Medicines for treating attention deficit-hyperactivity disorder (ADHD) will now include information written specifically for young and teenage patients, the Medicines and Healthcare products Regulatory Agency (MHRA) has announced. 

This is the first time that a dedicated "youth friendly" sector has been added to the patient information leaflet (PIL) provided with any medicine taken by under-18s, and is designed to help children with ADHD to understand more about the medicines they take and how to take them safely. It is also helping them to feel included in discussions about their treatment, says the MHRA, which undertook the work with University of Leeds researchers in collaboration with the Leeds-based company Luto Research.

More than 500,000 prescriptions for the ADHD treatment methylphenidate - which include Novartis' Ritalin, Johnson & Johnson's Concerta and Shire's Equasym - are dispensed in England every year, but until now, the PIL included with every box has been written with only adults in mind.

Following agreement with the drugs’ manufacturers, a youth-friendly section will now be included in all brands of methylphenidate prescribed and dispensed in the UK. The new section, called Information for Children and Young People, provides clear and simple information about the consequences of possible side effects, using examples that may be relevant to children and teens. For example, when advising users to avoid certain activities if they feel dizzy, it refers to horse riding, climbing trees and riding a bike. The section also offers advice to youngsters who may be sexually active.

"Children and young people are the main consumers of these medicines," says Theo Raynor, professor of pharmacy at the University of Leeds. "It is important that they have the opportunity to know why they have been given this drug treatment and how it can help them. The revised leaflet now gives them a chance to read about their medication in an easy and informative way," he adds.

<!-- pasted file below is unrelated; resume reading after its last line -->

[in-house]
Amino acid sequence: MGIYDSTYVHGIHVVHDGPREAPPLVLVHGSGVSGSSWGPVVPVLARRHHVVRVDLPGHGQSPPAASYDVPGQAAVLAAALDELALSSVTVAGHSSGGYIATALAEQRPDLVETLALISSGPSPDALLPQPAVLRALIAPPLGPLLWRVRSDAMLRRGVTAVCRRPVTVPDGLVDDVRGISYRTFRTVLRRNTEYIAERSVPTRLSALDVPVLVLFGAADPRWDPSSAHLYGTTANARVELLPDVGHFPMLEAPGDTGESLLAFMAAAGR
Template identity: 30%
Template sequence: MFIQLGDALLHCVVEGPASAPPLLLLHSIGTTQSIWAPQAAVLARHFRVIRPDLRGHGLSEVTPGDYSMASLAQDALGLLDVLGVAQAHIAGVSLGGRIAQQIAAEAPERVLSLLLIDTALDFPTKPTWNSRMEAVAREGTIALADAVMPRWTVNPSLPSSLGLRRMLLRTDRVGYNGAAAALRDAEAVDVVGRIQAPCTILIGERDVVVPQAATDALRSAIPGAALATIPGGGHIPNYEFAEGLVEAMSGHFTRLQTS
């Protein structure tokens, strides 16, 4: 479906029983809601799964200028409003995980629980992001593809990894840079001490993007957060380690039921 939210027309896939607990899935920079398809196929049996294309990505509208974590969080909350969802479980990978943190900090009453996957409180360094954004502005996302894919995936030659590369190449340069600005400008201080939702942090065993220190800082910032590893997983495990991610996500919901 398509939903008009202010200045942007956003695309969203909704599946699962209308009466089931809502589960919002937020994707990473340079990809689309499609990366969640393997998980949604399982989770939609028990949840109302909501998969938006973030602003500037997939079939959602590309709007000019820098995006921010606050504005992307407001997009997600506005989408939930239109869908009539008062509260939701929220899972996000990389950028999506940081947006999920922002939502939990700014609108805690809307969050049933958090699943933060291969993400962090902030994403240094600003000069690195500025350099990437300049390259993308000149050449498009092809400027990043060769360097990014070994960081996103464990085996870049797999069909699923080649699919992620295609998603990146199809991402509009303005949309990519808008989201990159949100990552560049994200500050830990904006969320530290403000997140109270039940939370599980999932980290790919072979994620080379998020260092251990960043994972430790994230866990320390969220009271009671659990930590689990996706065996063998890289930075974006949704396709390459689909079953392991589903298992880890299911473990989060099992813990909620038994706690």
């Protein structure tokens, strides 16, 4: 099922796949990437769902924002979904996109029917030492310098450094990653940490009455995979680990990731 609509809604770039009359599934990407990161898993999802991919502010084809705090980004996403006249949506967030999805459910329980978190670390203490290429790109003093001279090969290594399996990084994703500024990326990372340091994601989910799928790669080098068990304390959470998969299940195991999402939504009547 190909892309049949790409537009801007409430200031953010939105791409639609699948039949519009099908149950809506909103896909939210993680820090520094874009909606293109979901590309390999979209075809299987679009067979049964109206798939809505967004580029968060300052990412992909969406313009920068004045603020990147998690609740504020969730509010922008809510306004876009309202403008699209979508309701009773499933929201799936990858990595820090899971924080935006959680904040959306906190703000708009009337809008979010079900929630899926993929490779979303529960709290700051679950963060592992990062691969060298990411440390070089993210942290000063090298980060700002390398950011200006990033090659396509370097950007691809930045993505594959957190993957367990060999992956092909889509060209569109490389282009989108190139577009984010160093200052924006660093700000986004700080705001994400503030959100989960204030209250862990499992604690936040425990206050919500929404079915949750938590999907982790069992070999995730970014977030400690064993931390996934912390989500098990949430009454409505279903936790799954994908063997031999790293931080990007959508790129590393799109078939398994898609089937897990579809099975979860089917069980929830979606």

Words and phrases in the youth-friendly sections were tested by adults and teenagers, as well as among children as young as 10 who tested the leaflet with a parent. Feedback from this testing helped ensure that the messages on safety and side effects were clear to a wide range of ages.

"We gave particular thought to the layout of the text, as well as the content," says Prof Raynor. "Simple changes, such as making headings bolder, using bulleted lists and dividing long sentences into shorter ones can make a real difference when writing for all people, including children."

Prof Raynor added that this is the first time that children and teens have had a chance to comment on the information that goes into medicine packs, and that it has proven to be very successful. "We are now hoping that this approach can be taken for other medicines that are used widely by children - perhaps medicines for asthma or epilepsy," he says.

The MHRA's head of patient information quality, Jan McDonald, said: "it's vital that both children and adults understand the medication they are taking. The MHRA is committed to encouraging the pharmaceutical industry to develop new innovative ways to communicate information to patients, and we believe that children and young adults with ADHD will be better informed about their health care from the new style of patient information."

The MHRA and the University of Leeds are jointly funding ongoing research that is looking at what improvements to PILs can be made to help patients understand their treatments better, she added.